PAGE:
Creative Writers Guilty of Murdering Babies

Rhetorical Homicide 

by Deborah Owen

When creative writers think of parenting, they normally think of someone biologically bearing a child, but there is more than one kind of parent. There is the unmarried parent, the divorced parent, the parent-to-be, the adoptive parent, to name a few. And then, there’s parenting the created word. Although it may not conjure up the same status as that of physical parenting, the labor is just as real.

Every writer knows their words are their babies, and heaven help the critic who says we should edit even more. Not only is it unforgivable, it cuts to the core of our being. This is one area where writers’ groups provide an invaluable service. There’s no better place to grow a thick skin than in a writer’s group. After all, would you rather hear stinging criticism from another newbie, or from an editor who runs over you with cleat shoes?

Be Your Own Toughest Critic

There is a simple trick to avoid this kind of literary suffering, and that is to murder your own babies. You will recognize the right babies to murder when the critic part of you cries out, “That doesn’t really fit,” and the author section cries out, “but I like it!” You know in your heart it’s time to pull out your scalpel and begin cutting. Although the wound will bleed, you will know you are maturing as a writer.

But far better than discarding the phrase altogether, copy, and drop it into a special file. One of these days, you will find the perfect place for that phrase.

The best time to murder your babies is when you edit for verbiage (wordiness). Learn to say the same thing in fewer words. Trim away the fat and leave only the lean. That means edit scenes, edit dialogue, and edit the plot in general. Brevity is the key ingredient that must stay. Say it with less. Say it better. Jazz your verbs.

Especially look for prepositional phrases. Whether you are writing fiction or nonfiction, you should never have more than three prepositional phrases to a sentence and not more than two in consecutive order.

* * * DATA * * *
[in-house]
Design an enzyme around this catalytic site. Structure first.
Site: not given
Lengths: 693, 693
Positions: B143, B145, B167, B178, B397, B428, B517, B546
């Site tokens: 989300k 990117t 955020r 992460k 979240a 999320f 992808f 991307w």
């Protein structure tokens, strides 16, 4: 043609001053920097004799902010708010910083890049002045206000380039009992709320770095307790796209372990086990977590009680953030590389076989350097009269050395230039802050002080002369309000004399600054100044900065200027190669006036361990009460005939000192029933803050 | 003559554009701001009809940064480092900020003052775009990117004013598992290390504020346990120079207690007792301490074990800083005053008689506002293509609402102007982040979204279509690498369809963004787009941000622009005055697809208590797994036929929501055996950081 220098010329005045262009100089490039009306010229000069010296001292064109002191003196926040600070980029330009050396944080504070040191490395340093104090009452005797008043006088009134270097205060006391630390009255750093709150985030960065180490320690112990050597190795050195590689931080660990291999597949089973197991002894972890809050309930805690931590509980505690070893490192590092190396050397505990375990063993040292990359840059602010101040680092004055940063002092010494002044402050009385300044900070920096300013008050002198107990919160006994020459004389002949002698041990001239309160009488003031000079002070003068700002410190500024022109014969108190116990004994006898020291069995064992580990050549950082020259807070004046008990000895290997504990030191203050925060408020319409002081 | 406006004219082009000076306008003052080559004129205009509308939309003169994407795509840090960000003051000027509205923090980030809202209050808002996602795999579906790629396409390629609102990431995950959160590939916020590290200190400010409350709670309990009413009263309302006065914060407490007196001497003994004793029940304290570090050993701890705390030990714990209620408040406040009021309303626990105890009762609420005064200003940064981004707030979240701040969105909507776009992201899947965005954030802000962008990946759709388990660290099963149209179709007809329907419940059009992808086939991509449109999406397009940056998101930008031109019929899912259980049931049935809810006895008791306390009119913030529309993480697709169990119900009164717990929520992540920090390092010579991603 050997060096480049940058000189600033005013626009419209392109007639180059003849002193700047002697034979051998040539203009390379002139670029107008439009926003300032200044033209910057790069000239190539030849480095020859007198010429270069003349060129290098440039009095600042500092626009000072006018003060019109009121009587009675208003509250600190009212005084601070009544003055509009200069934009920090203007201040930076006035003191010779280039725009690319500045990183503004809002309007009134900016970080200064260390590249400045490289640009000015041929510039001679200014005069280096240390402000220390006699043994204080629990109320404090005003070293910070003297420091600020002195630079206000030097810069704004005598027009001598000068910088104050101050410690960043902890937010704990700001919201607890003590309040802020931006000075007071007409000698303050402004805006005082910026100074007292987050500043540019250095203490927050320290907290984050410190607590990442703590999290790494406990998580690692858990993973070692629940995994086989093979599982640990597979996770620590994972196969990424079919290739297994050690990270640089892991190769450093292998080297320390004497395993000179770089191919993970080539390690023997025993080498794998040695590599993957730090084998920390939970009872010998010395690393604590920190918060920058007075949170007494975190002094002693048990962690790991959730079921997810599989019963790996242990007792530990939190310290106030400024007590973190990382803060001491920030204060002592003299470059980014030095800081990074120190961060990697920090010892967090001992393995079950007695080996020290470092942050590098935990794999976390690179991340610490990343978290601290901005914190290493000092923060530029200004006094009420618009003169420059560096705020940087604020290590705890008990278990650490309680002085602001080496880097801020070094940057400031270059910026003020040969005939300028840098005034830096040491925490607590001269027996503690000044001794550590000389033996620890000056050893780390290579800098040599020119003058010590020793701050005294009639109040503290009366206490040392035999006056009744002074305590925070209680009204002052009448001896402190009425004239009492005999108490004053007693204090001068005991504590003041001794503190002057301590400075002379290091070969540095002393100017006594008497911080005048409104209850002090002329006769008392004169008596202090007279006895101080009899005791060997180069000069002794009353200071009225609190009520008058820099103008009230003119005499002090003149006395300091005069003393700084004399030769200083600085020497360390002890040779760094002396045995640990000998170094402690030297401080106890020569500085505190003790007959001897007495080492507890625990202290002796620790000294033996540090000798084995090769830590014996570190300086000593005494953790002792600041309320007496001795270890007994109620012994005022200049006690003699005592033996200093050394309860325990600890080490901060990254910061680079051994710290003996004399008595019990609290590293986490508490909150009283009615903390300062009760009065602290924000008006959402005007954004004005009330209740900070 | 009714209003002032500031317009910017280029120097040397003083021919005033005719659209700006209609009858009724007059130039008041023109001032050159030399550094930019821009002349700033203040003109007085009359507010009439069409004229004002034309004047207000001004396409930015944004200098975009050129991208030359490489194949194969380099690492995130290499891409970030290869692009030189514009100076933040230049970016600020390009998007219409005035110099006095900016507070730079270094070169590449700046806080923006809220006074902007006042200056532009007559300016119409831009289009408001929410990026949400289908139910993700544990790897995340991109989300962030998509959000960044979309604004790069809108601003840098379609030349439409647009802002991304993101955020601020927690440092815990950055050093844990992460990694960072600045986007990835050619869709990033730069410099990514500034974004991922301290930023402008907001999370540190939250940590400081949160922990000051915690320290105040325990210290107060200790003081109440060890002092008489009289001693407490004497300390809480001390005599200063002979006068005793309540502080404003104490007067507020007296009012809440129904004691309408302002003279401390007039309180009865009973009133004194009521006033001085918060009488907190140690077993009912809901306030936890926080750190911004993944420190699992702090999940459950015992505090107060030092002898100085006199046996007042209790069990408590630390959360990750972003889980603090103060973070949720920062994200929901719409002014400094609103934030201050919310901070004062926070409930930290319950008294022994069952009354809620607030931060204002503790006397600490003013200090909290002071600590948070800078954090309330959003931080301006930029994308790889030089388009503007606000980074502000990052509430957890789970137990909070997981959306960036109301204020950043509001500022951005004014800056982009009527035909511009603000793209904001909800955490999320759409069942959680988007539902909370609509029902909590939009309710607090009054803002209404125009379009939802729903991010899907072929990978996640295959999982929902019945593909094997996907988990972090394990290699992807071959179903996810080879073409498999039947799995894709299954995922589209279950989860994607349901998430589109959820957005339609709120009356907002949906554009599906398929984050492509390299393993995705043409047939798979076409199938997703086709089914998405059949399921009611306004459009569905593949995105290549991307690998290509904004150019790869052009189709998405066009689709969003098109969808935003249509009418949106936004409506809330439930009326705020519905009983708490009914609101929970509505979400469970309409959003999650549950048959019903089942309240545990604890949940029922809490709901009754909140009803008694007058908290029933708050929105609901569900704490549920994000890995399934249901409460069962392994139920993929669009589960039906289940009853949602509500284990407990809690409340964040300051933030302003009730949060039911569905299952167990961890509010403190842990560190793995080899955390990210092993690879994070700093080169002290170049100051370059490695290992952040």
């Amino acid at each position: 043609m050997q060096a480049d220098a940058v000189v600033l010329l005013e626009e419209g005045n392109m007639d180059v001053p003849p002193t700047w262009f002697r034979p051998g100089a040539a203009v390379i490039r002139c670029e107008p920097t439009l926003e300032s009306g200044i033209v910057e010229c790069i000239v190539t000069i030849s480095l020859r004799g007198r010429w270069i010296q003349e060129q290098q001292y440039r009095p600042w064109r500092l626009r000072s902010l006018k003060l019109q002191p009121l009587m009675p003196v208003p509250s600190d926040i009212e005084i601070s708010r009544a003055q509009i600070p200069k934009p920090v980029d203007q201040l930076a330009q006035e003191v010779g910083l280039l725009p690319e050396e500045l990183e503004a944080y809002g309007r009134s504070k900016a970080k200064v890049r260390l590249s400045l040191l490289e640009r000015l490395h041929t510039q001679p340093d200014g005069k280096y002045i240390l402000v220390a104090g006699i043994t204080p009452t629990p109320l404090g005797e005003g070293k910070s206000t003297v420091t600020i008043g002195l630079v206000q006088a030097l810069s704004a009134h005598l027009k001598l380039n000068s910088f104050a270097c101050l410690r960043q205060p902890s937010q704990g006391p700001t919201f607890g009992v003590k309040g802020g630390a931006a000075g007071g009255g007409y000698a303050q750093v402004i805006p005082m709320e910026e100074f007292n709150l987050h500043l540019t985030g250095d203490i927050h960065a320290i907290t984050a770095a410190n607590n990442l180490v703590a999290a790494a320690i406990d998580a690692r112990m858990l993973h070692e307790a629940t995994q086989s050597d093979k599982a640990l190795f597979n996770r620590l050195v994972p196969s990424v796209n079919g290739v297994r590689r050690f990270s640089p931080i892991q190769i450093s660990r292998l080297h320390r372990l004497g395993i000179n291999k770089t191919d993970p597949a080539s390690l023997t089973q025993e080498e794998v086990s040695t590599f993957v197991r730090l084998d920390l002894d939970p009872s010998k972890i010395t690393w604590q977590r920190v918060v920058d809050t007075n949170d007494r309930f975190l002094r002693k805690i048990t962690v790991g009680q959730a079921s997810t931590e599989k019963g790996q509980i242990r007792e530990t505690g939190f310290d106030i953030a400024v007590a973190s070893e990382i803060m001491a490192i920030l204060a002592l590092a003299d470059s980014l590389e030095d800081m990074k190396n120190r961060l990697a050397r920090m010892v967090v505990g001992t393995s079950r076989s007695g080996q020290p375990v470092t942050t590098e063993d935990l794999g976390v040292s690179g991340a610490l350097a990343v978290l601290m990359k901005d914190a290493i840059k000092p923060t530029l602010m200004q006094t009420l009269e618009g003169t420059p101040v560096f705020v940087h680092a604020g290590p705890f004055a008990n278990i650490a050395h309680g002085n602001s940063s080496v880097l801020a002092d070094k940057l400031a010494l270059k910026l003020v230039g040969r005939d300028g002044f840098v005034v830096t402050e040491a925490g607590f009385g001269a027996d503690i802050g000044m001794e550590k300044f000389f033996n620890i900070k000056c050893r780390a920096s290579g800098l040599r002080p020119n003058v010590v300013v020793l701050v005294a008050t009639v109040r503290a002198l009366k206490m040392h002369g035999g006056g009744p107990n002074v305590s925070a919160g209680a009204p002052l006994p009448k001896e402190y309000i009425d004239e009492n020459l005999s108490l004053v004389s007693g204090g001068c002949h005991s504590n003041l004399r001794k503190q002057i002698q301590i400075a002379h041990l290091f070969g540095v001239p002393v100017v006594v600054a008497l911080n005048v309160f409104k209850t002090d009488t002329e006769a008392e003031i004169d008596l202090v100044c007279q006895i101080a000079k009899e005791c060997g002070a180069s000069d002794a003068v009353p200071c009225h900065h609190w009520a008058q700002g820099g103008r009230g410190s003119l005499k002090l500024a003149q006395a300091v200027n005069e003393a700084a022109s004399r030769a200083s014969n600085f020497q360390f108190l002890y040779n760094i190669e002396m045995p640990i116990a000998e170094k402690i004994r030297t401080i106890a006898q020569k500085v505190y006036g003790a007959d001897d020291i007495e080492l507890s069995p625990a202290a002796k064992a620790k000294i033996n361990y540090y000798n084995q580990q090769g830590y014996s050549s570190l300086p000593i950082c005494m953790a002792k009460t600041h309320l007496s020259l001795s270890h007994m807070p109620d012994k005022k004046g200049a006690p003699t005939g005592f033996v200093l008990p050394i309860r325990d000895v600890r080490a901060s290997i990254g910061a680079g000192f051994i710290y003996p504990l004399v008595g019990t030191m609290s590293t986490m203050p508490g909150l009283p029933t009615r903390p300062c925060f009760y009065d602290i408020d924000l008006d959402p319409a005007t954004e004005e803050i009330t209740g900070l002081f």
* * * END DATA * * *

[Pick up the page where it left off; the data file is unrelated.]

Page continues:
Let’s be honest – all writers use padding. It is a little-thought-of procedure whereby we writers drag out a scene or dialogue – usually because we can’t find the right words or we’re having a bad time writing.

Have you ever seen a comedian who has his pulse on the audience and then makes the mistake of dragging a joke on… and on… and on… like a plane that can’t find a landing field? That’s a sure sign of someone enjoying their 15 minutes of fame and not wanting it to end. It’s the same thing with us writers. We have the audience in the palms of our hands and we hate to let them go. But let them go we must, because the readers need time to rest their minds so they can better absorb the chunks of meat they have yet to digest.

So the next time you’re editing, get the scalpel and bandages out. Prepare to dissect and dismember your baby. Although you may barely survive, your baby will be the better for it.

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5 thoughts on “Creative Writers Guilty of Murdering Babies

  1. Hi Deb, Again , thank you, I am so glad I found your site way back when. You always have the most interesting creative ideas. Always exciting to read.How many books have you written? I ‘m sure you one in the files somewhere waiting. Blessings Sonny

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    1. Gmail now separates social media from the regular emails and I keep forgetting to check on what need to answer in the social department. So sorry.

      rhet·o·ric
      a. The art or study of using language effectively and persuasively.
      b. Skill in using language effectively and persuasively.
      c. A style of speaking or writing, especially the language of a particular subject: fiery political rhetoric.

      In other words, we elaborated and exaggerated the pain of birthing words and then deleting them. Good question. Deb

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  2. Hi Deb ,
    A great article. I have read this before but it was not explained as well.
    Strange concept but yes I can understand the” labor” that it would
    involve in writing an interesting murder story.also the research to be done.
    I enjoy these detective stories. and court cases.
    And with reading your article now sheds a new light on writing the story.
    You have stirred my interest here now.
    Thank you Deb,
    Have a good one.
    Sonny

    Like

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